A more detailed article on Palomino Valley from Terri Farley’s BLOG
|All images taken at National Wild Horse and Burro Center, Palomino Valley, Nevada, December 30, 2015.|
by Terri Farley
I live about 40 minutes from the Palomino Valley corrals. Since it’s open to the public, I often drive out to check on the horses and talk with John Neill, operations manager for the facility.
When I drove up yesterday, many corrals were empty. Palomino Valley corrals can hold 1850 equines and BLM round-ups usually keep it well-stocked with captive wild horses and burros.
The only times I’d seen the corrals so ghost-town quiet was when mustangs had been cleared out to make room for an influx of newly “gathered” horses. I assumed this had happened again, to make room for the survivors of Oregon’s Beaty Butte round-up.
When I checked in at BLM headquarters. Jeremy Wilhelm, wrangler, sat at the front desk. He said John Neill wouldn’t be in the office until the end of January.
When I mentioned that the corrals outside were pretty empty, Wilhelm agreed. He said a bunch of mares had gone to a Bruno, Idaho sanctuary.
How many? He didn’t know.
Why? He couldn’t say
When? He shrugged.
Wilhelm recalled that more horses had been moved to Carson City, Elm Creek and Paul’s Valley.
How many? Why? When? He said he didn’t know and joked, “I guess I’m the village idiot.”
I insisted there must be a reason for all the missing horses and he told me, again in a joking tone, “Maybe they’re shutting us down.”
I asked if space was being made for incoming survivors of the Beaty Butte round-up?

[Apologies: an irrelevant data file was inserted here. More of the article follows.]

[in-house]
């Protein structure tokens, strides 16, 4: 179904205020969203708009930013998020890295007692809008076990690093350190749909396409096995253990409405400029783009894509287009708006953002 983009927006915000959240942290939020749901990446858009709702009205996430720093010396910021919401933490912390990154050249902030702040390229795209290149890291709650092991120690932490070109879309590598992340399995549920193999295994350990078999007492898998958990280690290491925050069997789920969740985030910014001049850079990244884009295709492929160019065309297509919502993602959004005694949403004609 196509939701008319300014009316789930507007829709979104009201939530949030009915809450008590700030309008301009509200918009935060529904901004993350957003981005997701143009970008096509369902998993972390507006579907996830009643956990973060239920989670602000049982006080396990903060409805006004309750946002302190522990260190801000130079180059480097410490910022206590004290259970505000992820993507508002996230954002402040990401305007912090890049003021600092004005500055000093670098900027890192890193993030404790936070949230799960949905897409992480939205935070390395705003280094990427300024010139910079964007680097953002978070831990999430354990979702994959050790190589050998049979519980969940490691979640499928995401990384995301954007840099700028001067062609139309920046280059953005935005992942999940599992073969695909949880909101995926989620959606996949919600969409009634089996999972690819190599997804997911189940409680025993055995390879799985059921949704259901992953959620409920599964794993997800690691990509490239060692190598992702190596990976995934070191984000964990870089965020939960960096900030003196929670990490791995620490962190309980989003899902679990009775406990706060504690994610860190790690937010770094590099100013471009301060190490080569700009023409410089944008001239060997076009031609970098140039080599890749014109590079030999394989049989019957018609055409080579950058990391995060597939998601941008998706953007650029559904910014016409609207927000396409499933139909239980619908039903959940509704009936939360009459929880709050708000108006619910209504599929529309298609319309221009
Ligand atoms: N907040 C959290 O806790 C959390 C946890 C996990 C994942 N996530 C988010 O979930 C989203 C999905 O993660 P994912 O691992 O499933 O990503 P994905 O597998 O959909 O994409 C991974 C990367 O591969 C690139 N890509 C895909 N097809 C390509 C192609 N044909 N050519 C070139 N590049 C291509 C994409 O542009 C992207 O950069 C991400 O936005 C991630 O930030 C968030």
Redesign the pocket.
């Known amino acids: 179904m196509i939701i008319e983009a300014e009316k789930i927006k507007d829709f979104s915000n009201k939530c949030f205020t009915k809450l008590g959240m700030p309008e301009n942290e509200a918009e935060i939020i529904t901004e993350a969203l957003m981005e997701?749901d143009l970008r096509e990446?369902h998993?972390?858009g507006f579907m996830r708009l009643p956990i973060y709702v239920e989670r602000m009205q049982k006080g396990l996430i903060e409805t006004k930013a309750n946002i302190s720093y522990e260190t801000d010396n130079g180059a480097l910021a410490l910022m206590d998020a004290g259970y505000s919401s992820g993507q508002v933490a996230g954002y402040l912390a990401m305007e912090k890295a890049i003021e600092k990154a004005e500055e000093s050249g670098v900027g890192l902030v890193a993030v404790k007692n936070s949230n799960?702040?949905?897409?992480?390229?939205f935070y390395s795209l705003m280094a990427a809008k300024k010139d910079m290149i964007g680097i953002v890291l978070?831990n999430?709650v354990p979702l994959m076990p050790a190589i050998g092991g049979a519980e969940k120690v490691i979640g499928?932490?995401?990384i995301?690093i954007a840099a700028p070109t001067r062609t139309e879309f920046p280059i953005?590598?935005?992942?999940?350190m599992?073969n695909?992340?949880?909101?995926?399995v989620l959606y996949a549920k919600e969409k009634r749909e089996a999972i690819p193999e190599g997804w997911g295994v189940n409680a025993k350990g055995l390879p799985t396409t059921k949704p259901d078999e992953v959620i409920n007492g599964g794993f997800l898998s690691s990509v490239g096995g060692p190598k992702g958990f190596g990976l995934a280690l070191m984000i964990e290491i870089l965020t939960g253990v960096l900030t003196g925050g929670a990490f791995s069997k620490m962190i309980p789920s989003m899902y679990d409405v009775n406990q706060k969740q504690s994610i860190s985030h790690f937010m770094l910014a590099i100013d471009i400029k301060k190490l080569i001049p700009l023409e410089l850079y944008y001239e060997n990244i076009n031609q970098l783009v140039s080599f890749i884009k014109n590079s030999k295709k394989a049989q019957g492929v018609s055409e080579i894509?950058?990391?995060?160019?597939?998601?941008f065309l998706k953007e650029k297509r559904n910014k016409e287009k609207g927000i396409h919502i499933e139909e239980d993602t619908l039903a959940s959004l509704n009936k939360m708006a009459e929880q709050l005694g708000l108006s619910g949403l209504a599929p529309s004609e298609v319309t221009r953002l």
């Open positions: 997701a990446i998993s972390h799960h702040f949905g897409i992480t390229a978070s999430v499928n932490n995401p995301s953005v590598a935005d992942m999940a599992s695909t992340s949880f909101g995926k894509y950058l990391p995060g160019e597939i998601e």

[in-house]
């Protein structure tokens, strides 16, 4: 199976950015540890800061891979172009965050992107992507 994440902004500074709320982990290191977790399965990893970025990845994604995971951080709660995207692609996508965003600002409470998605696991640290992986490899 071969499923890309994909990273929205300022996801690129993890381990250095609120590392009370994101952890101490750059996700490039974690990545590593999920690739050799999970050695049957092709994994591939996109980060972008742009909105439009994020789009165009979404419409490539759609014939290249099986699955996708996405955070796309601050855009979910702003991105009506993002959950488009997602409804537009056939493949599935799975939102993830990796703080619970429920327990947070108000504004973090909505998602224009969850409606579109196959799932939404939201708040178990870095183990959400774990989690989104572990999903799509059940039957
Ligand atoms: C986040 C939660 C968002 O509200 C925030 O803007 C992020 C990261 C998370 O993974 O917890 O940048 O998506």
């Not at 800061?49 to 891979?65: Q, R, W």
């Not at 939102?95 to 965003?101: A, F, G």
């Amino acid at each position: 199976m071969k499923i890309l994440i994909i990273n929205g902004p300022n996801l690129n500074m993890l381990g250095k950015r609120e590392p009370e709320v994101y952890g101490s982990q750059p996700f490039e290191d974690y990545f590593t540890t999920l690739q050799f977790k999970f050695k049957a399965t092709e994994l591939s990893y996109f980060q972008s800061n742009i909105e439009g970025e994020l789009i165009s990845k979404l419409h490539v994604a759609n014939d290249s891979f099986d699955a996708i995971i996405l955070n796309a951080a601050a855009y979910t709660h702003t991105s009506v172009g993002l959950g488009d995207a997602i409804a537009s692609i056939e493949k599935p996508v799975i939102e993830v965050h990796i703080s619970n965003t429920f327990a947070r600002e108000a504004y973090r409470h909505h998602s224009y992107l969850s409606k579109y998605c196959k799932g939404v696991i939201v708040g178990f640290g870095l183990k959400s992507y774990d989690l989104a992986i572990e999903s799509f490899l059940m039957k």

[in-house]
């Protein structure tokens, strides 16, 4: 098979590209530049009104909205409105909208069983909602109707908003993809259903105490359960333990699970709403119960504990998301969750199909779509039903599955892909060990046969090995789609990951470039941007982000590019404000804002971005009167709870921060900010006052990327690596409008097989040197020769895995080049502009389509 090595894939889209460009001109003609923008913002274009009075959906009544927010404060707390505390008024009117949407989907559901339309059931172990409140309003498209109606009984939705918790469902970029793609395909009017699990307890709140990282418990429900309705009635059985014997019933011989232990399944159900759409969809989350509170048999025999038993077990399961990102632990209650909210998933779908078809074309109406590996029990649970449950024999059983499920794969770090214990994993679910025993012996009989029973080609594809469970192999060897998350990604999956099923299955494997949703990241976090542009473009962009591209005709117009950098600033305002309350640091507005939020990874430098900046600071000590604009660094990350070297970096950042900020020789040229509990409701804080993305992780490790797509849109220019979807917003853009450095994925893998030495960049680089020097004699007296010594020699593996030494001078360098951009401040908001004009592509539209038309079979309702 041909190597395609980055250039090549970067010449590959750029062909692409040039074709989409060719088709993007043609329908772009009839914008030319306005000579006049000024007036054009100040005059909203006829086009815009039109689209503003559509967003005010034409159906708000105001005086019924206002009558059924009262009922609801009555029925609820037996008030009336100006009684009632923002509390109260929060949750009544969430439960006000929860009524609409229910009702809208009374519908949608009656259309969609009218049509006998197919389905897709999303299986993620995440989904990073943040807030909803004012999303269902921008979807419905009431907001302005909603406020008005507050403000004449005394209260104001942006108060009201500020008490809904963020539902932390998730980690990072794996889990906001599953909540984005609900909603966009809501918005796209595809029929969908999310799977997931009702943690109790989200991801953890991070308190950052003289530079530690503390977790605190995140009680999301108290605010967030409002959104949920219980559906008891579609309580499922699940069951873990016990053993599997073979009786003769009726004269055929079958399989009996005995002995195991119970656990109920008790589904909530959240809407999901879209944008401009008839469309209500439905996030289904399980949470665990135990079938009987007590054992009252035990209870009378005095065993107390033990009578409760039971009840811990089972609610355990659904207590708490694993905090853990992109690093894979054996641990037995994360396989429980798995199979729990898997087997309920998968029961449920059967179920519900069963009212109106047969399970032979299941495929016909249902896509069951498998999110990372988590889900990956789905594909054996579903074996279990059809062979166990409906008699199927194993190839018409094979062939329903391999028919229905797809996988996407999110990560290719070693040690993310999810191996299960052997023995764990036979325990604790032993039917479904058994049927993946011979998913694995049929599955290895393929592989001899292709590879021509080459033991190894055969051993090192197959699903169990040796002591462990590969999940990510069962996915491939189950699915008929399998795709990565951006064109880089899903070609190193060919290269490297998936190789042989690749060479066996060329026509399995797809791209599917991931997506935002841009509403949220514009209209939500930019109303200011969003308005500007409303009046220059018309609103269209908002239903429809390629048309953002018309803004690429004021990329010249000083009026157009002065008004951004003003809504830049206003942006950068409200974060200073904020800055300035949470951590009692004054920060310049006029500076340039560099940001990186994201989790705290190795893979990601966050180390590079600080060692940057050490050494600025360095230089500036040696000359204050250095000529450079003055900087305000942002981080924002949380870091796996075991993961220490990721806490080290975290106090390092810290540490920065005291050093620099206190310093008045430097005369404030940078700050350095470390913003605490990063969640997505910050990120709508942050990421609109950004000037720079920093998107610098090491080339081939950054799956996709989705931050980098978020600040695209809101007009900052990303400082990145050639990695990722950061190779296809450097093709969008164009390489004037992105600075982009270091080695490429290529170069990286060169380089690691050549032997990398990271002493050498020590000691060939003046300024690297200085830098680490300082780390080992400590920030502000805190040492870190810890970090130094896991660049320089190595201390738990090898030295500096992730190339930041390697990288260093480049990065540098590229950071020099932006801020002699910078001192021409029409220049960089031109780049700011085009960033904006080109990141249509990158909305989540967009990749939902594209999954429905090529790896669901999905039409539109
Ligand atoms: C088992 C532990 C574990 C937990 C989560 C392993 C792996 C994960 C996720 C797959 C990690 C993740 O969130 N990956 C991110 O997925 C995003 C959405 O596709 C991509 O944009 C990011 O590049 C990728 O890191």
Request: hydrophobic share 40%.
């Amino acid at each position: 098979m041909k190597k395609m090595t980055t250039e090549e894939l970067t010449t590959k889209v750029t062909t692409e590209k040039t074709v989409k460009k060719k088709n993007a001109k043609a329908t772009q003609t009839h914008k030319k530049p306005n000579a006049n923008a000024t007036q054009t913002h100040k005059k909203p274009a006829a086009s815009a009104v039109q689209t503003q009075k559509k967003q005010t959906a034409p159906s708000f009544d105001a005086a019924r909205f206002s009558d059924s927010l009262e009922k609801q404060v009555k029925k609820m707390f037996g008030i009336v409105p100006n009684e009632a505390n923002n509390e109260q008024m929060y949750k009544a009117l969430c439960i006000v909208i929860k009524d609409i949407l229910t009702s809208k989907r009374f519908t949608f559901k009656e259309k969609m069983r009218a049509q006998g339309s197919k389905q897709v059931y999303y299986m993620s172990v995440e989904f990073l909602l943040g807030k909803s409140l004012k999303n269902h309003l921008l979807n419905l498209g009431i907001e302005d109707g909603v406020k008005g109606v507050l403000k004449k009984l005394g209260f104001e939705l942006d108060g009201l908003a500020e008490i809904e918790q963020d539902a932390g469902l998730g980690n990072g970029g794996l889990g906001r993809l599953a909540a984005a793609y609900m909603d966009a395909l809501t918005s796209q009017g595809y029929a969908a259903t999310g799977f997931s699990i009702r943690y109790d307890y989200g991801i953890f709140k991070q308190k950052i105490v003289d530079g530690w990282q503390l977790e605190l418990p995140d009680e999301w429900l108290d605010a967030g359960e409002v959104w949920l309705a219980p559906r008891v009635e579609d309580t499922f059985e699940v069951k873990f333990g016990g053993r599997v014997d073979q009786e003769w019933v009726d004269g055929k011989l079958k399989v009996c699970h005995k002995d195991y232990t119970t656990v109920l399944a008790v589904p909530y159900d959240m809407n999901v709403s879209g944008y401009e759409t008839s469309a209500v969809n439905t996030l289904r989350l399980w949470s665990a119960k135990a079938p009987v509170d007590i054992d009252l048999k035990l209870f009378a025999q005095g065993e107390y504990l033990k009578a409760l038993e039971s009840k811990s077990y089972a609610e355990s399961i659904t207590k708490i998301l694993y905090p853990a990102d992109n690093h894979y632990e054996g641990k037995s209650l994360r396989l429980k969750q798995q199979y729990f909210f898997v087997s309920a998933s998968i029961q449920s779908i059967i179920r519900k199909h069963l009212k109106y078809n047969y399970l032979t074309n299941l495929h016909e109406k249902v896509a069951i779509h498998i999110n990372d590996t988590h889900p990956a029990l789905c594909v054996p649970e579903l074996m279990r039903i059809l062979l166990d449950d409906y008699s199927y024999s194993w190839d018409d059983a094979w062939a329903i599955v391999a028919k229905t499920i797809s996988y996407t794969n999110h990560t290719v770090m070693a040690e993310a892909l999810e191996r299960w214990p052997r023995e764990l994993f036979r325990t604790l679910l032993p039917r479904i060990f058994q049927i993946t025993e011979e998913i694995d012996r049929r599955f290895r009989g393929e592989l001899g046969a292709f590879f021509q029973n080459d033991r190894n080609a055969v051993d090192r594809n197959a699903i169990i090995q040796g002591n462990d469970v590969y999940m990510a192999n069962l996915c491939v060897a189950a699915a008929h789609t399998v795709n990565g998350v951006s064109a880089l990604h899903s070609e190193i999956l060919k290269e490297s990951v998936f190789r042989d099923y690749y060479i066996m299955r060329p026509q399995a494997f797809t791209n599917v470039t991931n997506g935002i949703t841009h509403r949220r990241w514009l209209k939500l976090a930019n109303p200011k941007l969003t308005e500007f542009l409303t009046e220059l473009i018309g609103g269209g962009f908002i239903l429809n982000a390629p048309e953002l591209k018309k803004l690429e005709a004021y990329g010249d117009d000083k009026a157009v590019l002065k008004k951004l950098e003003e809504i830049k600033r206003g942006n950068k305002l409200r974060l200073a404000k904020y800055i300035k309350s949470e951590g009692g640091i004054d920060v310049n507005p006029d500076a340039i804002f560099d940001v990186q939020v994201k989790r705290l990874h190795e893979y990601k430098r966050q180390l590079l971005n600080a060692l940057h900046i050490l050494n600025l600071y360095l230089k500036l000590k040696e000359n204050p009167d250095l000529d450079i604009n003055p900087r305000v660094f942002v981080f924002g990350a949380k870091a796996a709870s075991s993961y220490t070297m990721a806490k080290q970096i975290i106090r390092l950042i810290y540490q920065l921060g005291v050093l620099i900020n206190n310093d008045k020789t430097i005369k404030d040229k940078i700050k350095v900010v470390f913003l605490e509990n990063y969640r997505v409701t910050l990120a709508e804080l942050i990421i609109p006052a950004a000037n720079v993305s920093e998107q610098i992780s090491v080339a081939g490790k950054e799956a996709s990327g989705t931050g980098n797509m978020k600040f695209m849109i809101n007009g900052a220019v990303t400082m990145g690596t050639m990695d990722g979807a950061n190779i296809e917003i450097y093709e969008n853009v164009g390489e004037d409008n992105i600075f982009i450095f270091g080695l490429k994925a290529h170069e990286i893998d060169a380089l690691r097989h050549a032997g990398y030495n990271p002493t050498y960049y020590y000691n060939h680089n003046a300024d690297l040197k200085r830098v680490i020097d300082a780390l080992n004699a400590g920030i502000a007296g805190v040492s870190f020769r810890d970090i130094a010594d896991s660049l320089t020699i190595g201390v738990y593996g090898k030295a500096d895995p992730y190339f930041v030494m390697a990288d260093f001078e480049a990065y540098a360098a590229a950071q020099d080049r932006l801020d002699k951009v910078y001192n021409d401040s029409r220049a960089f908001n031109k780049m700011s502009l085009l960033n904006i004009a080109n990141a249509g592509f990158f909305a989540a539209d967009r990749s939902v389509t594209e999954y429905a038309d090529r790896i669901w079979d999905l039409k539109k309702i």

Nope, they were already in corrals 1,2, 3 with a few in 4.
He said there were 1400 horses onsite. Later, after I’d walked the corrals, he revised that to 1200.
Could I have missed seeing some horses? Yes. I didn’t do a head count and some were banging around in the enclosed processing chute, apparently getting booster vaccines. Laying on my belly, I saw hooves, but not enough to account for hundreds of horses.
Back at my laptop, I emailed Jason Lutterman, BLM Public Affairs Specialist, asking if he could clarify the fuzzy 12-1400 number of horses, and find out why, when and how many wild horses had been shipped to Idaho, Paul’s Valley, Elk Creek and Carson City.
Lutterman responded immediately. The official count said 1,134 horses were at Palomino Valley on December 22, and he’d get answers to the rest of my questions as soon as he could.
Now, as I wait, I want to believe Wilhelm’s joke that the facility is being shut down. I want to think BLM has realized they don’t have a wild horse problem, but a people problem. That’s what I want, but experience tells me to stop dreaming.
I mean, really, what are the odds a blindfold’s been snatched from the Bureau’s eyes to reveal that it’s greed, not mustangs, drawing us ever closer to the death of the West?